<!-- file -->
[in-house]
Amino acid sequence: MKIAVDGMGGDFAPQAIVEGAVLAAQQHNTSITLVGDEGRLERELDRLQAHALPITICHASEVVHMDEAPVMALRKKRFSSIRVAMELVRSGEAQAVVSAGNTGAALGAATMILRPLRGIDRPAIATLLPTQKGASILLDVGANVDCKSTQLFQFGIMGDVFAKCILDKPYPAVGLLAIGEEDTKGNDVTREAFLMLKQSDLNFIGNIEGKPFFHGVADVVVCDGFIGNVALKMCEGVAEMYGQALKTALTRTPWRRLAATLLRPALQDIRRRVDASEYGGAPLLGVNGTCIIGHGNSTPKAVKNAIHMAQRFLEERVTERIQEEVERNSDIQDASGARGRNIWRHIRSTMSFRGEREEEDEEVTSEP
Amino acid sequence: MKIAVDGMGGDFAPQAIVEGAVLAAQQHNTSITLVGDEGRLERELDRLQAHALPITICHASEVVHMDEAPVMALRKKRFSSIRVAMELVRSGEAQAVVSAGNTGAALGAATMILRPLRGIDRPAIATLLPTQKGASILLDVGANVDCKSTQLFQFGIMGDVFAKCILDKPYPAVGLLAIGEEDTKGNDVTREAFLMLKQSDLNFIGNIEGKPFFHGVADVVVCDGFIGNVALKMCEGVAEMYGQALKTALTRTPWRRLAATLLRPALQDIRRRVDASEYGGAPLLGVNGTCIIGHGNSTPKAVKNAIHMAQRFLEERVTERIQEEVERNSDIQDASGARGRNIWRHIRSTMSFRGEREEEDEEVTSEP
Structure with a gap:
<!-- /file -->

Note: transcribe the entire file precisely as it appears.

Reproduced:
[in-house]
Amino acid sequence: MKIAVDGMGGDFAPQAIVEGAVLAAQQHNTSITLVGDEGRLERELDRLQAHALPITICHASEVVHMDEAPVMALRKKRFSSIRVAMELVRSGEAQAVVSAGNTGAALGAATMILRPLRGIDRPAIATLLPTQKGASILLDVGANVDCKSTQLFQFGIMGDVFAKCILDKPYPAVGLLAIGEEDTKGNDVTREAFLMLKQSDLNFIGNIEGKPFFHGVADVVVCDGFIGNVALKMCEGVAEMYGQALKTALTRTPWRRLAATLLRPALQDIRRRVDASEYGGAPLLGVNGTCIIGHGNSTPKAVKNAIHMAQRFLEERVTERIQEEVERNSDIQDASGARGRNIWRHIRSTMSFRGEREEEDEEVTSEP
Amino acid sequence: MKIAVDGMGGDFAPQAIVEGAVLAAQQHNTSITLVGDEGRLERELDRLQAHALPITICHASEVVHMDEAPVMALRKKRFSSIRVAMELVRSGEAQAVVSAGNTGAALGAATMILRPLRGIDRPAIATLLPTQKGASILLDVGANVDCKSTQLFQFGIMGDVFAKCILDKPYPAVGLLAIGEEDTKGNDVTREAFLMLKQSDLNFIGNIEGKPFFHGVADVVVCDGFIGNVALKMCEGVAEMYGQALKTALTRTPWRRLAATLLRPALQDIRRRVDASEYGGAPLLGVNGTCIIGHGNSTPKAVKNAIHMAQRFLEERVTERIQEEVERNSDIQDASGARGRNIWRHIRSTMSFRGEREEEDEEVTSEP
Structure with a gap: